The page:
width of the HCFPS is limited to 2 m to suit prefabrication and transportation requirements
but it can be varied if necessary. Length of the HCFPS can be varied by changing the material
properties and sectional configuration. A cold-formed thin perforated steel laminate is placed
at the bottom of the beam to improve tensile strength. When the HCFPS panel is subjected to
bending, compressive stresses occur mainly in the slab, while tensile stresses occur in the
bottom steel laminate. Shear stresses occur across the web of the beam. As GRC and PU
exhibit better performance under compressive and shear stresses [16, 28], they are profiled
and located to attract compressive and shear stresses in the slab and beam of the HCFPS as
shown in Fig. 1. The continuous GRC layer along the edges provides an encasement to the
HCFPS. Overall, the integrity of

the HCFPS section is maintained by the PU core as it

provides a connection between the GRC layers and lateral support for the thin GRC layers to
avoid lateral buckling. However, higher tensile, compressive and shear stresses are attracted
to the steel laminate and GRC as their elastic modulus are significantly higher than that of the
PU. In this way, positive inherent properties of individual component materials are combined
to achieve optimum performance of the HCFPS.

Fig. 1. Cross section of HFPS

Component materials enable the HCFPS to be a lightweight and efficient system with
acceptable strength properties [11]. Moreover, the lightweight property of this floor plate
results in reduced load on the supporting beams and columns. Thereby, sizes of such loadbearing members can be reduced, yielding economical advantages. Hence, HCFPS offers
multifunctional structural properties, making it a viable alternative for traditional wood and
concrete flooring.
A comprehensive research program was undertaken to develop the innovative HCFPS that
can be used as high performance lightweight floor plates. The work presented in this paper is
an integral part of that research program and investigates the flexural performance of the
3

HCFPS using experimental testing and FE modelling. Behaviour of 3200 mm span HCFPS
panels under static and cyclic loading, along with the failure modes, was investigated
experimentally. A comprehensive material testing program was conducted to determine the
properties of the component materials. FE models were developed and validated using
experimental results. A comparative study between HCFPS and currently available
conventional floor system has also been conducted.

2. Material property investigation


A comprehensive test program was carried out to determine the material properties of the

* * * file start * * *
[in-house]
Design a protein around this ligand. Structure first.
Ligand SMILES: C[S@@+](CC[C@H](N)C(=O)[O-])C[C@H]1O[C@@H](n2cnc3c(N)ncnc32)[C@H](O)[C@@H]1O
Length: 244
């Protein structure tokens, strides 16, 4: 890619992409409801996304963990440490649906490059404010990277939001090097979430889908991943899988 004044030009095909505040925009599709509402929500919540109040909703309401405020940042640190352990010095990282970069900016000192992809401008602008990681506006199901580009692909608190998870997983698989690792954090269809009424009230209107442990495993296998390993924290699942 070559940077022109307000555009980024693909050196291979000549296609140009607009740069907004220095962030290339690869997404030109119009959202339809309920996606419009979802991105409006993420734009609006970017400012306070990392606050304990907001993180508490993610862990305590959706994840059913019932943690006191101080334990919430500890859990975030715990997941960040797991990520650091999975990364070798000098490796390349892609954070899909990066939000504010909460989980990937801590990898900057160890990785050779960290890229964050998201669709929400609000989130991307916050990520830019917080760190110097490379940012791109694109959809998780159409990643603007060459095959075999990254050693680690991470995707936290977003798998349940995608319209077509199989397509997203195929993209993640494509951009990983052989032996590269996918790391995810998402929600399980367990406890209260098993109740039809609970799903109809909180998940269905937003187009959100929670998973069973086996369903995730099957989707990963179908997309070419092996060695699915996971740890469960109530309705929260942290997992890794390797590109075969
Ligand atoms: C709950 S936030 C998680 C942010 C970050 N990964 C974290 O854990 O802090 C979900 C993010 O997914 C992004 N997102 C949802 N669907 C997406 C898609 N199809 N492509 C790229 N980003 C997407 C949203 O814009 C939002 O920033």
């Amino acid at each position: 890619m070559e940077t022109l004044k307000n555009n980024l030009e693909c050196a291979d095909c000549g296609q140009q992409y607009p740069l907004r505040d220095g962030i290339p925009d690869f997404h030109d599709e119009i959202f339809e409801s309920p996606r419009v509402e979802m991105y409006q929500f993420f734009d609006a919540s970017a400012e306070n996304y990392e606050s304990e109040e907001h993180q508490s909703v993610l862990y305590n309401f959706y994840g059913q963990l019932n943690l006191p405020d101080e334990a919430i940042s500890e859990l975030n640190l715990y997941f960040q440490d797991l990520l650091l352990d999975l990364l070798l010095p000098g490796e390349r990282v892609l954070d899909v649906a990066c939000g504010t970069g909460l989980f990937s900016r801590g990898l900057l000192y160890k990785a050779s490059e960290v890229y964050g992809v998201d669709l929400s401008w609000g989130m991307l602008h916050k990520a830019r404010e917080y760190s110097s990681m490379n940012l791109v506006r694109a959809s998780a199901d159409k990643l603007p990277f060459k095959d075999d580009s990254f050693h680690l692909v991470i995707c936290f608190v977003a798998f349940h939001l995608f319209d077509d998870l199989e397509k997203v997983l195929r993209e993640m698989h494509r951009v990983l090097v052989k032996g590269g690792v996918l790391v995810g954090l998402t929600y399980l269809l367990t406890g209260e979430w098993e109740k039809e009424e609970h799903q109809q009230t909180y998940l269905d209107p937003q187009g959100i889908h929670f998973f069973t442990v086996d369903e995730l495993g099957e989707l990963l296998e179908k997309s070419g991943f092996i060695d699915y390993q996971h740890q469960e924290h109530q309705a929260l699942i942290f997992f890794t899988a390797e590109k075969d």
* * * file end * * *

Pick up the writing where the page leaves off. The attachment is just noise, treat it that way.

component materials used to manufacture HCFPS test specimens. Both PU and GRC were
tested in tension, compression and bending, whilst steel sheet was tested in tension. This
section presents the details of the experimental test program and results.
2.1 Formulation of GRC
GRC is a cementations matrix, comprising of cement, sand, water, admixtures and shortlength alkali-resistant glass fibres [19]. All GRC samples were cast using a pre-mix
production method and the formulation of the constituent materials is given in Table 1.
Table 1
Formulation of GRC

Constituent materials

Percentage of
total weight

Cement (general purpose grey)


Sand (fine washed)
Metakaolin (Power Pozz)
Polymer (Vinnapas 512T)
Super plasticizer
Water
Pre- cut alkali resistant glass fiber

33.8
33.8
8.5
4.1
1.0
14.8
4.0

2.2 Tensile testing for GRC


The maximum thickness of the GRC layers used for the HCFPS test specimens and tensile
test specimen were 10 mm. Sample size was selected as 25025 mm according to ASTM
3039 [7]. Five tensile test specimens were used to represent all GRC batches. Uniaxial
tension tests were carried out using an Instron 5569 series Mechanical Tester, at a loading
rate of 0.5 mm/min. Longitudinal strains were measured using the built-in extensometer of
the test machine and the stress-strain relationships are illustrated in Fig. 2. Average cracking
4

tensile strength and tensile modulus were obtained as 3.1 MPa and 5.0 GPa, respectively. Fig.
3. Shows a typical failure mode of a test coupon.
4.00
3.50

Stress (MPa)

3.00
2.50
2.00
1.50
1.00
0.50
0.00
0

0.002

0.004

0.006

0.008

0.01

0.012

Strain (mm/mm)

Fig. 2. Stress-strain relationships for GRC in tension

Fig. 3. Typical failure mode of a GRC tensile test specimen

2.3 Four- point bending tests for GRC


Four-point bending tests were carried out to investigate the flexural behaviour of GRC. Test
specimens for the four-point bending tests were 1025200 mm with 152 mm clear span
according to ASTM C947 [5]. Testing was conducted using the same test machine, as per
section 2.2, with the loading set up shown in Fig. 4, at a 1 mm/min displacement rate. Five
test samples representing all GRC batches were used and resultant load deflection plots are
given in Fig. 5. All the test samples exhibited similar linear behaviour initially, but beyond
the yielding point two samples exhibited slightly different behaviour from the others. This
could be due to the random fibre arrangements in the test specimens. Flexural modulus was
calculated using the initial linear behaviour of the plots according ASTM C947 [5] and gave
an average value as 4.8 GPa. The average force at which the force-deflection curve deviates
5

from linearity was 160N. This value was used to calculate the flexural strength of GRC as 9.7
MPa, according to the method given in [5].

Fig.4. Four-point bending test for GRC


450
400

Load (N)

350
300
250
200
150
100
50
0
0

10

Deflection (mm)

Fig.5. Load-deflection plots for GRC in four-point bending tests

2.4 Cylinder compression test for GRC